Dmytro (Dima) Perepichka is William MacDonald Professor of Chemistry at McGill University, Montreal. He obtained his PhD from the Institute of Physical Organic & Coal Chemistry in Ukraine, and worked as a post-doctoral fellow at University of Durham (with Martin Bryce) and UCLA (with Fred Wudl) before starting his group at INRS-Energy and Materials in Varennes, Canada in 2003. In 2005, he moved to McGill University (Montreal) where he is currently Sir William MacDonald Professor of Chemistry and Chair of the Chemistry Department. His group focuses on synthetically driven research of p-electron functional materials, including small molecules, polymers, 2D materials and COFs, and understanding of their behavior in optoelectronic devices.
Professor at Université de Strasbourgh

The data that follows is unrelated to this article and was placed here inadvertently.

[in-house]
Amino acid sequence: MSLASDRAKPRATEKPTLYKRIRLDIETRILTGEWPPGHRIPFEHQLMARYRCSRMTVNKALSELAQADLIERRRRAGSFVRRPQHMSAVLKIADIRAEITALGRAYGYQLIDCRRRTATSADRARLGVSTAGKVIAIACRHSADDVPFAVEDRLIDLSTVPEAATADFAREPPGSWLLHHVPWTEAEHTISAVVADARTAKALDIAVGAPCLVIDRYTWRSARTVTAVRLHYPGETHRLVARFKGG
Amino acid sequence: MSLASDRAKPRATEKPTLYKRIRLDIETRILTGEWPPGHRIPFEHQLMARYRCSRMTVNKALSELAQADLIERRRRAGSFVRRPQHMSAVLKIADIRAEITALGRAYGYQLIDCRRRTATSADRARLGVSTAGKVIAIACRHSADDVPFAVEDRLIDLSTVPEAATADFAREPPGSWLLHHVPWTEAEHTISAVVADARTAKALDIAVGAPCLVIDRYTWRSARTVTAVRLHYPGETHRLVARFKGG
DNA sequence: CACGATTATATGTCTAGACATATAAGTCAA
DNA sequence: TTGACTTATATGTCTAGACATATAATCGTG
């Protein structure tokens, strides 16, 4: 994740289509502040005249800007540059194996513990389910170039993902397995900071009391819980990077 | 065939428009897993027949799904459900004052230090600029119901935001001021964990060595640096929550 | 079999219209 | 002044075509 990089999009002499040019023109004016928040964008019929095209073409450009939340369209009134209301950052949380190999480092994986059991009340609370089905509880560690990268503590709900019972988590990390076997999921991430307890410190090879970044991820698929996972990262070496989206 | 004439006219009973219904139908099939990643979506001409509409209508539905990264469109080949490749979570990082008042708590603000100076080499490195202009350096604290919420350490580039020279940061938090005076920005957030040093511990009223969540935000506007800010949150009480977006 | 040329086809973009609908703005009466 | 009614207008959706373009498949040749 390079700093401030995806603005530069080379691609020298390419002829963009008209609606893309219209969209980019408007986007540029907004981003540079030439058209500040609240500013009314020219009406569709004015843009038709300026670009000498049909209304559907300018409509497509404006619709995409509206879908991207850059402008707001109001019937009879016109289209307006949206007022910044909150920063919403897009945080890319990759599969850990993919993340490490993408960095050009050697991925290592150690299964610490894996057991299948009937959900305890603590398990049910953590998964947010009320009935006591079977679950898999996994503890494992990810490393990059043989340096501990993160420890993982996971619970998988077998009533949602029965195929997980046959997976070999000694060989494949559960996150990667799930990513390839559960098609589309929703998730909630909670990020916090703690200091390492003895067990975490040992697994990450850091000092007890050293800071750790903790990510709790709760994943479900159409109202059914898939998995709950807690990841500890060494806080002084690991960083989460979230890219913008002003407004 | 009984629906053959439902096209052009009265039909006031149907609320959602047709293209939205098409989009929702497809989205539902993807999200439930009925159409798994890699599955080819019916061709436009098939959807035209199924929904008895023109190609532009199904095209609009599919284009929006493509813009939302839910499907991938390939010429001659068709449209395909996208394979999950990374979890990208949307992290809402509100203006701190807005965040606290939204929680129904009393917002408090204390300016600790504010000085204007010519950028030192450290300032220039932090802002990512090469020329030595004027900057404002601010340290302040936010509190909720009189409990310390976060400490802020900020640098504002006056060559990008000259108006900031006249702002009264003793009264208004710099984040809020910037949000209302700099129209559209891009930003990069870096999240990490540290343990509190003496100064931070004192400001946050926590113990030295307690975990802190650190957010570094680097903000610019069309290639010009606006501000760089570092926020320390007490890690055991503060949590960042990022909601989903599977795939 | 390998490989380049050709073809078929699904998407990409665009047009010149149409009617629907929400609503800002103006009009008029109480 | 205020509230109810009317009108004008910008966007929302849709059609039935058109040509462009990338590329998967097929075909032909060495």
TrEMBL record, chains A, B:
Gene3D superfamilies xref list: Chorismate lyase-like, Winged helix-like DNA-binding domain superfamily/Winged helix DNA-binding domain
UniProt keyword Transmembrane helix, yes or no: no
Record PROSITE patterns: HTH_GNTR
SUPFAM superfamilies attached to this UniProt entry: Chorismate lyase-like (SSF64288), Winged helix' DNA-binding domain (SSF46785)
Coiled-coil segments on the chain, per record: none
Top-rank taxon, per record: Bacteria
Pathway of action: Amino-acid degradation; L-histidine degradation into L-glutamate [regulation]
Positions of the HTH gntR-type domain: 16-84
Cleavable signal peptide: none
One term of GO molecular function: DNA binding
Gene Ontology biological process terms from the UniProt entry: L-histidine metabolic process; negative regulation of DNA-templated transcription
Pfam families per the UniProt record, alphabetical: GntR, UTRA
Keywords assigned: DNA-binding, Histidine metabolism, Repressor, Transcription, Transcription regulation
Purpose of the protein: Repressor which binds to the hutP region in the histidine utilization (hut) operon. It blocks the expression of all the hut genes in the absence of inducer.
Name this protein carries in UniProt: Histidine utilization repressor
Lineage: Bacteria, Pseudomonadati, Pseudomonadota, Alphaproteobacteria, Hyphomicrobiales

Director of the Institut de Science et d’Ingénierie Supramoléculaires (ISIS)
Paolo Samorì is Distinguished Professor at the Université de Strasbourg and Director of the Institut de Science et d’Ingénierie Supramoléculaires (ISIS). He is Member of the Académie des technologies, Foreign Member of the Royal Flemish Academy of Belgium for Science and the Arts (KVAB), Fellow of the Royal Society of Chemistry (FRSC), Fellow of the European Academy of Sciences (EURASC), Member of the Academia Europaea, Fellow of the Materials Research Society (MRS) and Senior Member of the Institut Universitaire de France (IUF).
He has obtained a Laurea in Industrial Chemistry at University of Bologna in 1995. In 2000, he has received his PhD in Chemistry from the Humboldt University of Berlin. He has been permanent research scientist at the CNR of Bologna. He has published 430+ papers on nanochemistry, supramolecular sciences, materials chemistry with a specific focus on 2D materials as well as functional organic/polymeric and hybrid nanomaterials for applications in optoelectronics, energy and sensing.